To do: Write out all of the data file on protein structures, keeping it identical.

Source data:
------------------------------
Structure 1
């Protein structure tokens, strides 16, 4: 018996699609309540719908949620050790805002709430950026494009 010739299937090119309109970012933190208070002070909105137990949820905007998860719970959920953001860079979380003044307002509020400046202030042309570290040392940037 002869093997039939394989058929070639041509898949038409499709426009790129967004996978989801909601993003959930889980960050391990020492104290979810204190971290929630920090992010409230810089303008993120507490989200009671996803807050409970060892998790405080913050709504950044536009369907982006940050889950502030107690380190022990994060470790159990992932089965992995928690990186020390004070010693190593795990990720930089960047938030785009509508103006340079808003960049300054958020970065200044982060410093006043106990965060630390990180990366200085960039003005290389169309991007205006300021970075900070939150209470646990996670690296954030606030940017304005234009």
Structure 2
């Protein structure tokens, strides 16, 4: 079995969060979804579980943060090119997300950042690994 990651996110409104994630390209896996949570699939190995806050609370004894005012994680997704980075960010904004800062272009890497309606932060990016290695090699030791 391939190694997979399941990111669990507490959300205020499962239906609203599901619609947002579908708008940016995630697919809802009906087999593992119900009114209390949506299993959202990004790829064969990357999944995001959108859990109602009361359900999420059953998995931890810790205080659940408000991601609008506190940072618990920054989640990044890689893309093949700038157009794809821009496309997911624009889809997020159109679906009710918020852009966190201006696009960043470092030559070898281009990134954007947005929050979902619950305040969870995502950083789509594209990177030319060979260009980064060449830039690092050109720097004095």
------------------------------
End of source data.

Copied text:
Structure 1
């Protein structure tokens, strides 16, 4: 018996699609309540719908949620050790805002709430950026494009 010739299937090119309109970012933190208070002070909105137990949820905007998860719970959920953001860079979380003044307002509020400046202030042309570290040392940037 002869093997039939394989058929070639041509898949038409499709426009790129967004996978989801909601993003959930889980960050391990020492104290979810204190971290929630920090992010409230810089303008993120507490989200009671996803807050409970060892998790405080913050709504950044536009369907982006940050889950502030107690380190022990994060470790159990992932089965992995928690990186020390004070010693190593795990990720930089960047938030785009509508103006340079808003960049300054958020970065200044982060410093006043106990965060630390990180990366200085960039003005290389169309991007205006300021970075900070939150209470646990996670690296954030606030940017304005234009």
Structure 2
């Protein structure tokens, strides 16, 4: 079995969060979804579980943060090119997300950042690994 990651996110409104994630390209896996949570699939190995806050609370004894005012994680997704980075960010904004800062272009890497309606932060990016290695090699030791 391939190694997979399941990111669990507490959300205020499962239906609203599901619609947002579908708008940016995630697919809802009906087999593992119900009114209390949506299993959202990004790829064969990357999944995001959108859990109602009361359900999420059953998995931890810790205080659940408000991601609008506190940072618990920054989640990044890689893309093949700038157009794809821009496309997911624009889809997020159109679906009710918020852009966190201006696009960043470092030559070898281009990134954007947005929050979902619950305040969870995502950083789509594209990177030319060979260009980064060449830039690092050109720097004095």